“Most of the care was basic – shaving and feeding for example. But to move him you needed to be careful not to jam his finger and so on.”

There was no instruction manual for those who answered Paul’s adverts for caregivers.

“They learned as they went,” says Philip. “And many left after a day or two. I remember going around once and asking a couple of assisted living centres if they could care for him, and the looks on their faces were priceless.”

Paul had one carer who was in his life for decades. When Kathy Gaines died, her passing left Paul bereft.

Philip says he always saw himself as the back-up carer for his brother, but he admired the support system Paul built: “He had a lot of wonderful friends, some really beautiful people in his life.”

Help needed

One of those people came into Paul’s life in a moment of dire need.

In 2015, his iron lung began to leak. As the machines were by now extremely rare, it was a race against time to find someone able to carry out the vital repair job to make it airtight once more.

After a plea was posted on social media, responses came in from around the world. But the solution turned out to be much closer to home.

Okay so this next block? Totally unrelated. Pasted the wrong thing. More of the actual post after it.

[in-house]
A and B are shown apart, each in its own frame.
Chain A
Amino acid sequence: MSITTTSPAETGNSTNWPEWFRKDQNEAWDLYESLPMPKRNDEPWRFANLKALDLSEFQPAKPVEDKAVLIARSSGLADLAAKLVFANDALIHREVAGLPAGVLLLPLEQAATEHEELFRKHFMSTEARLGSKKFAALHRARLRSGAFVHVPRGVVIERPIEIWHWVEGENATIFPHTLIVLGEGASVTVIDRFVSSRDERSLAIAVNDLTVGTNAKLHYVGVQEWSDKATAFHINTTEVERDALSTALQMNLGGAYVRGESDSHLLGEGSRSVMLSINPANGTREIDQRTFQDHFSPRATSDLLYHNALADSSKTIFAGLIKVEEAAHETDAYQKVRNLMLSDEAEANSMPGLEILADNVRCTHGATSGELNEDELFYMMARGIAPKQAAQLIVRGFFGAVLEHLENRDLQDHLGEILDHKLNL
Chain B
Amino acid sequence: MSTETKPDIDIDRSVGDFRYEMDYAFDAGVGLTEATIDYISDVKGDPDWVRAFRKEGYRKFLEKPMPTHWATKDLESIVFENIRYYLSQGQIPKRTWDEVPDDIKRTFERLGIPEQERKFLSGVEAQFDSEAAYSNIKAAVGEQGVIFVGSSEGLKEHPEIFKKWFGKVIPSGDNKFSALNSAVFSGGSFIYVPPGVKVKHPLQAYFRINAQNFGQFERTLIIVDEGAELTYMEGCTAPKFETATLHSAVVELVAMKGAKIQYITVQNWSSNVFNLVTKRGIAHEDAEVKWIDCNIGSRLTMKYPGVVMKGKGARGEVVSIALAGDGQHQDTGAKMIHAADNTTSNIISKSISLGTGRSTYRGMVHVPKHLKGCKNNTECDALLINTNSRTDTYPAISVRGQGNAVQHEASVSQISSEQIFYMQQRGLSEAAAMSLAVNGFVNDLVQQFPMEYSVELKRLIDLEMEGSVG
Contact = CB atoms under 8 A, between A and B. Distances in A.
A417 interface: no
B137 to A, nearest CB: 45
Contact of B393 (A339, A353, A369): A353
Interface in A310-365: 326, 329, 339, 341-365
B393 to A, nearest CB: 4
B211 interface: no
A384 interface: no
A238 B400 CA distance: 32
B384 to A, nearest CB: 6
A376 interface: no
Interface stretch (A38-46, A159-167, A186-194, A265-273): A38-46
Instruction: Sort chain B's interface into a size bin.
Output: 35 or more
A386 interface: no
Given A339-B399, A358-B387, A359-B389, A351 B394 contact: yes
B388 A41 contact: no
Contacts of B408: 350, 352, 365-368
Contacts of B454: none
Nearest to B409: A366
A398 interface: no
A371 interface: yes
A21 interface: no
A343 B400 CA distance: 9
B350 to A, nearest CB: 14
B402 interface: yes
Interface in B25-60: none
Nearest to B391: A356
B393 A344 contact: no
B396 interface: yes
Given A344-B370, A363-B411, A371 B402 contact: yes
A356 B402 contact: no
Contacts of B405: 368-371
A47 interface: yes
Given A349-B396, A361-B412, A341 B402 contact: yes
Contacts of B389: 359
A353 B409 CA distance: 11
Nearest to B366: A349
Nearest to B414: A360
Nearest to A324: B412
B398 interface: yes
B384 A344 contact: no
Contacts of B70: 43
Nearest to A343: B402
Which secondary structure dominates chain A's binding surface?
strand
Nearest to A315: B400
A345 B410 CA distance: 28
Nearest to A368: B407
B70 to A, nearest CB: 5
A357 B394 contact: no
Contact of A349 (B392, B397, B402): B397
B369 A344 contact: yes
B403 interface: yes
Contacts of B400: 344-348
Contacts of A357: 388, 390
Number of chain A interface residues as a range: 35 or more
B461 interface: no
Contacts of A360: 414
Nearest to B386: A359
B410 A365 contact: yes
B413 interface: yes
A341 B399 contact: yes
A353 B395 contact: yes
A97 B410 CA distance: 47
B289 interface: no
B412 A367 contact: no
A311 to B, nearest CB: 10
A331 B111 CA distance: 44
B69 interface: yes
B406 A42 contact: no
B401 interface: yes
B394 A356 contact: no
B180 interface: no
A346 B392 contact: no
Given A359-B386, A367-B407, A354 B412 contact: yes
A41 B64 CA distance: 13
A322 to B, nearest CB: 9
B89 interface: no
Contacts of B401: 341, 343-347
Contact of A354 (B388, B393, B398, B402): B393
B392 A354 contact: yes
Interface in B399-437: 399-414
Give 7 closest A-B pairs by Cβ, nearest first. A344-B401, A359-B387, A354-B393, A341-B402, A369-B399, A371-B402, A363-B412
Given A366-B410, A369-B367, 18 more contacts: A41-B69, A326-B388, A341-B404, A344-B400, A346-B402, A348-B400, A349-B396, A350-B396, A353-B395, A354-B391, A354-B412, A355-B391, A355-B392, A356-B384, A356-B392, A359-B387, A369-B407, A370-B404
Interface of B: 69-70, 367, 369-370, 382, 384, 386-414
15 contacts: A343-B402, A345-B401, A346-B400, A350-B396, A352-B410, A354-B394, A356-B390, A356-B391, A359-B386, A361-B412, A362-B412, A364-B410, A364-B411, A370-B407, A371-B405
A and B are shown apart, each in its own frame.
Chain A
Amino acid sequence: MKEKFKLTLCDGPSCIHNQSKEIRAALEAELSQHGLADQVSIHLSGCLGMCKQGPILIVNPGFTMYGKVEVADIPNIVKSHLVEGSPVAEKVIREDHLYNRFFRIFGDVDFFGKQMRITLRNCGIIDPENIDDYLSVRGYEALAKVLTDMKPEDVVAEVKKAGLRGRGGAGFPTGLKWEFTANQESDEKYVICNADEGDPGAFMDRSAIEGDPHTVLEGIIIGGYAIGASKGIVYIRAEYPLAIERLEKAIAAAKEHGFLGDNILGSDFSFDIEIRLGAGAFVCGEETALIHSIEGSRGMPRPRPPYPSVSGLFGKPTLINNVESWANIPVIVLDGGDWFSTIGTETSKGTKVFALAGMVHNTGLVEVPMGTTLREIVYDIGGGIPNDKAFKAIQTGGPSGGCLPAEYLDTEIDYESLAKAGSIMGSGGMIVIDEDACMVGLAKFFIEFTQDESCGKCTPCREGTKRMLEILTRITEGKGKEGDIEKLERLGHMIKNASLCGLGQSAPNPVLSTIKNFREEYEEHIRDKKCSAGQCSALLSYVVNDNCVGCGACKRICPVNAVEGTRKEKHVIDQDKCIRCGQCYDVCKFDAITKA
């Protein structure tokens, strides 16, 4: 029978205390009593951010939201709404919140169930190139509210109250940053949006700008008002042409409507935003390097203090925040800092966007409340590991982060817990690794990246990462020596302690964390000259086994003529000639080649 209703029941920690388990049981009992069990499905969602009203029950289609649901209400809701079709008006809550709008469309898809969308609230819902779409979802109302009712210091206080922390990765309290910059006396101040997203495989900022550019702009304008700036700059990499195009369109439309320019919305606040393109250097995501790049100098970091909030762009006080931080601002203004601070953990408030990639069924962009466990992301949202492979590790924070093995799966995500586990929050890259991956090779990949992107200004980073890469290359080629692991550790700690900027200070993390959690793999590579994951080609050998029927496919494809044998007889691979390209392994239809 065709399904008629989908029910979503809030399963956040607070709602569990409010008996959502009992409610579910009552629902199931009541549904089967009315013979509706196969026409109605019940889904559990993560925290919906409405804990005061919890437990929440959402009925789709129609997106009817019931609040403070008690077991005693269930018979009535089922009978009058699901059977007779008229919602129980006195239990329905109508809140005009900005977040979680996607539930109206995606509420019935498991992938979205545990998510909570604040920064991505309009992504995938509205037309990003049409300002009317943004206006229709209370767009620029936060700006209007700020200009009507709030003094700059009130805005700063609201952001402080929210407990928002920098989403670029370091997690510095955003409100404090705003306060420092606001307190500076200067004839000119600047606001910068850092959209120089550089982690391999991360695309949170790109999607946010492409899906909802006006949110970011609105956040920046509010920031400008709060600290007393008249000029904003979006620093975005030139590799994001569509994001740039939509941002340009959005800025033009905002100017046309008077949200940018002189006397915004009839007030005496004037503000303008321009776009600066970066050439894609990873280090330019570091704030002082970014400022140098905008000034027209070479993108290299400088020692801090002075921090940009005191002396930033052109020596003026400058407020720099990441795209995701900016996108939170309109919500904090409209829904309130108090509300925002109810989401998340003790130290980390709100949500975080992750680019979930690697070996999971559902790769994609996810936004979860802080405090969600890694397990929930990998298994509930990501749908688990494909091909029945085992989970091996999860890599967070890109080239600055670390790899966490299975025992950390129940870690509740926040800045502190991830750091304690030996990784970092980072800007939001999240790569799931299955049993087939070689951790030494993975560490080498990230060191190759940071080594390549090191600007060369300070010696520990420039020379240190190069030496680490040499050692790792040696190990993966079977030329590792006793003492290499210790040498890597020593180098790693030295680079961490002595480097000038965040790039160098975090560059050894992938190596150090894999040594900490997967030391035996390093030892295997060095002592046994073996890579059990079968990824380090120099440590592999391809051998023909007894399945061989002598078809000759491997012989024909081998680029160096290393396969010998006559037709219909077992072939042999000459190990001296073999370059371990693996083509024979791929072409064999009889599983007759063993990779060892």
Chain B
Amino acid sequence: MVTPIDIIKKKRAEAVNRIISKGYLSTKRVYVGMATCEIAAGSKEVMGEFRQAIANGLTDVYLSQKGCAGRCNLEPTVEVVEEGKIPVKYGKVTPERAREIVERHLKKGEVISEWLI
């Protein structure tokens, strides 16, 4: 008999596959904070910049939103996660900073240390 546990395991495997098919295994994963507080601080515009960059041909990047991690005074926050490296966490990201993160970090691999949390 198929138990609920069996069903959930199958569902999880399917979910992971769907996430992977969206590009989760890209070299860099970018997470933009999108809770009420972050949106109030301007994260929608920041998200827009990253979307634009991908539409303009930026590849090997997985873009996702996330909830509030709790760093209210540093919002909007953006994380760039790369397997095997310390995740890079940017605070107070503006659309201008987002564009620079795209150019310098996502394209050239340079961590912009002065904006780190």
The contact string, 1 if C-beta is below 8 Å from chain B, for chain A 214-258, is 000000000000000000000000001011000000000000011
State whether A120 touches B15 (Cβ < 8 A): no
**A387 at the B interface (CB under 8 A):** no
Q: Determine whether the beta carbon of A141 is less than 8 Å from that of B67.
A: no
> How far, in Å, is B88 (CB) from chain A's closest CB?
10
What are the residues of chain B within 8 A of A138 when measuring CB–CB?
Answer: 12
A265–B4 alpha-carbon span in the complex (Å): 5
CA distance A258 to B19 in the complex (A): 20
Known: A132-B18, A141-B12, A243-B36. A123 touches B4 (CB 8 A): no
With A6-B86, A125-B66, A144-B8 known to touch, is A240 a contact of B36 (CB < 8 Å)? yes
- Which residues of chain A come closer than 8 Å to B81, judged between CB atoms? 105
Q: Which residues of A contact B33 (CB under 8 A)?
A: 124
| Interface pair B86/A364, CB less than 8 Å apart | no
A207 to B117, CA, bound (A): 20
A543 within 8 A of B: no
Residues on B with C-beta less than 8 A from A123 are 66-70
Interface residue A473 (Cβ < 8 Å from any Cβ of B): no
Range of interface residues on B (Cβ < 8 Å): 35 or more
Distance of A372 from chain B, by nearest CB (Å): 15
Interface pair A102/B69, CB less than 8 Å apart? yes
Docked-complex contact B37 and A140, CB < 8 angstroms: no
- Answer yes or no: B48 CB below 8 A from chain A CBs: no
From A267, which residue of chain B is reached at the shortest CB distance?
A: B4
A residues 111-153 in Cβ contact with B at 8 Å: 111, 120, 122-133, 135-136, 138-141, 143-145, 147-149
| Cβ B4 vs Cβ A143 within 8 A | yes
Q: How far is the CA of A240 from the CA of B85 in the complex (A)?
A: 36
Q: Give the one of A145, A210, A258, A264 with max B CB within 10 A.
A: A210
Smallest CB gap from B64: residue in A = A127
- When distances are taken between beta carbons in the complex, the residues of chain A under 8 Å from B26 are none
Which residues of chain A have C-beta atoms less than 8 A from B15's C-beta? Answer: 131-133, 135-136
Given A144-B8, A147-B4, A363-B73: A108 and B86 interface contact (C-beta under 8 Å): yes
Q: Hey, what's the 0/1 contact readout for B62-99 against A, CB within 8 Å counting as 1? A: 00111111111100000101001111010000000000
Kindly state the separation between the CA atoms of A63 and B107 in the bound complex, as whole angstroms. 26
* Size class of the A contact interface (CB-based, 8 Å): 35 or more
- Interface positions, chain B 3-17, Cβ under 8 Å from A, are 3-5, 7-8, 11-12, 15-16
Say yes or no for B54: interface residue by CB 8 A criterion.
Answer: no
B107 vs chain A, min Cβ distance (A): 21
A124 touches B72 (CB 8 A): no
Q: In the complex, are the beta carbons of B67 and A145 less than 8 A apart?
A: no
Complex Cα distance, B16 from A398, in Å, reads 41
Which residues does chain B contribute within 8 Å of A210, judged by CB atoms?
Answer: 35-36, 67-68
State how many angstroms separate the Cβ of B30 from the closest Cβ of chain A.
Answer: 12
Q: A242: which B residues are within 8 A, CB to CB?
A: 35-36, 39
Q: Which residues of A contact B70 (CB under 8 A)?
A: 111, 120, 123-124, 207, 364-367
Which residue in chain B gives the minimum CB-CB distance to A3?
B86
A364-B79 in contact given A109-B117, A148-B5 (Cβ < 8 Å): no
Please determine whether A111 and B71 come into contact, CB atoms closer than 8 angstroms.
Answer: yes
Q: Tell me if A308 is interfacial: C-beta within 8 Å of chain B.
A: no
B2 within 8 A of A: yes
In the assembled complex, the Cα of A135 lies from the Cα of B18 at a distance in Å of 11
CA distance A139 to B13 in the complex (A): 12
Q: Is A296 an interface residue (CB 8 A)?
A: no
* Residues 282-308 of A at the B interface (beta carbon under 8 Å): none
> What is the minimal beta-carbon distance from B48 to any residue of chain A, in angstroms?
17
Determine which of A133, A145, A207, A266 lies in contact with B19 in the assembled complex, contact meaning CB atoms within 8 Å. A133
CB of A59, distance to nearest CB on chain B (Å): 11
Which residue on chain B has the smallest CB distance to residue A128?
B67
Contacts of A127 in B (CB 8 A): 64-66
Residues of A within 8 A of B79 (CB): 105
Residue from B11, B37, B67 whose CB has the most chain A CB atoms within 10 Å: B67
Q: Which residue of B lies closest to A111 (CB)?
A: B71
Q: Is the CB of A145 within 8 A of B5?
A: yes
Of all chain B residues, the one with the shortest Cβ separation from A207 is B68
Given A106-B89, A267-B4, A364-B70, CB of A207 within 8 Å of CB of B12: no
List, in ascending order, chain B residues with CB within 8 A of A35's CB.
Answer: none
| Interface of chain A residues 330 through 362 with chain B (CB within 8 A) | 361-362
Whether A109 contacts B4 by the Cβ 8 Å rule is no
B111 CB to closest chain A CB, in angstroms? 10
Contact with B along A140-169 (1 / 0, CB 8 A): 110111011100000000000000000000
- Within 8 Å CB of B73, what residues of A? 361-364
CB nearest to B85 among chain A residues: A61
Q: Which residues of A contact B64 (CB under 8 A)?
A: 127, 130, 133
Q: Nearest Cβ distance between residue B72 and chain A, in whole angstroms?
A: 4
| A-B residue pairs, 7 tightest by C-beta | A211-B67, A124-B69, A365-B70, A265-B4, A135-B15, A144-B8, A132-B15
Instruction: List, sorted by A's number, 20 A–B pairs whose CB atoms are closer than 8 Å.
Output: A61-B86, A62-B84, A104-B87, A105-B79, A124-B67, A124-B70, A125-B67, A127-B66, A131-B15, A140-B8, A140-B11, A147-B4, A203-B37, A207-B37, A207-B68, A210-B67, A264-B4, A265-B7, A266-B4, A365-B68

Ten miles down the road from Paul’s apartment in Dallas, was the mechanical durability business Environmental Testing Laboratory, owned by Brady Richards.

Mr Richards had come into possession of two iron lung machines at a building clearance and he recalls how one day a paramedic walked in asking: “Is this the place I can find iron lungs?”

The medic had been transporting Paul to and from hospital, as carers fought to keep him alive in the failing iron lung. As the situation became more desperate, word of mouth had brought her to Mr Richards.

Brady Richards standing next to an iron lung machine

Image source, Brady Richards

“I did not have any idea about Paul Alexander at that time,” says Mr Richards. On learning about the emergency, he immediately set about rebuilding one of the broken machines he had in his warehouse.

He built some parts from scratch and scavenged others from other devices, learning as he went along: “Iron lungs are very robust machines. They are built to last.

“It’s a simple machine so I managed to work it out. You can increase and decrease the breathing rate and the pressure. Paul always liked the settings up high.”